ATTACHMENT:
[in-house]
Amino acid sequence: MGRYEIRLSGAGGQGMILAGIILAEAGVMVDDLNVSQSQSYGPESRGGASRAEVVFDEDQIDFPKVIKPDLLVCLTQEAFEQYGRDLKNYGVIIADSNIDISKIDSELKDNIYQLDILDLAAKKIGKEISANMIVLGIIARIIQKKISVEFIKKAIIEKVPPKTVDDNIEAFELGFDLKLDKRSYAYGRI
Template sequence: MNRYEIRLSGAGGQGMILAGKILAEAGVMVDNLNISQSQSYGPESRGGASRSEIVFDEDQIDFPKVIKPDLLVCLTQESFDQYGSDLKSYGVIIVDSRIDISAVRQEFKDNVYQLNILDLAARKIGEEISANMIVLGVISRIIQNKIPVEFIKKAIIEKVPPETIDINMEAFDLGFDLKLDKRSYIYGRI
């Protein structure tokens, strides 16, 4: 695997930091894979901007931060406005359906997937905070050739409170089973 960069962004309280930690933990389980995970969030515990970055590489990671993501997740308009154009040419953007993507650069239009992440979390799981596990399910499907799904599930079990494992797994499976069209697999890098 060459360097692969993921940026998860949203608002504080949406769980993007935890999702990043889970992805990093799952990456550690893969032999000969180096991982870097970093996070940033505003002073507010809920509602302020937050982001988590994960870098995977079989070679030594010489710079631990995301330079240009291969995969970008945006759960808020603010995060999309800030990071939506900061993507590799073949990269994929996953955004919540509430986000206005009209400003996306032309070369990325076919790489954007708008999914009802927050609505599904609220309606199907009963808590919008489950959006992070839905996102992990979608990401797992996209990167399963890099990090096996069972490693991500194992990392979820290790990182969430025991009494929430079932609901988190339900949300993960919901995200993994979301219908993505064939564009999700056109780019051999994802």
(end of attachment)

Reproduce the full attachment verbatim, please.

[in-house]
Amino acid sequence: MGRYEIRLSGAGGQGMILAGIILAEAGVMVDDLNVSQSQSYGPESRGGASRAEVVFDEDQIDFPKVIKPDLLVCLTQEAFEQYGRDLKNYGVIIADSNIDISKIDSELKDNIYQLDILDLAAKKIGKEISANMIVLGIIARIIQKKISVEFIKKAIIEKVPPKTVDDNIEAFELGFDLKLDKRSYAYGRI
Template sequence: MNRYEIRLSGAGGQGMILAGKILAEAGVMVDNLNISQSQSYGPESRGGASRSEIVFDEDQIDFPKVIKPDLLVCLTQESFDQYGSDLKSYGVIIVDSRIDISAVRQEFKDNVYQLNILDLAARKIGEEISANMIVLGVISRIIQNKIPVEFIKKAIIEKVPPETIDINMEAFDLGFDLKLDKRSYIYGRI
């Protein structure tokens, strides 16, 4: 695997930091894979901007931060406005359906997937905070050739409170089973 960069962004309280930690933990389980995970969030515990970055590489990671993501997740308009154009040419953007993507650069239009992440979390799981596990399910499907799904599930079990494992797994499976069209697999890098 060459360097692969993921940026998860949203608002504080949406769980993007935890999702990043889970992805990093799952990456550690893969032999000969180096991982870097970093996070940033505003002073507010809920509602302020937050982001988590994960870098995977079989070679030594010489710079631990995301330079240009291969995969970008945006759960808020603010995060999309800030990071939506900061993507590799073949990269994929996953955004919540509430986000206005009209400003996306032309070369990325076919790489954007708008999914009802927050609505599904609220309606199907009963808590919008489950959006992070839905996102992990979608990401797992996209990167399963890099990090096996069972490693991500194992990392979820290790990182969430025991009494929430079932609901988190339900949300993960919901995200993994979301219908993505064939564009999700056109780019051999994802």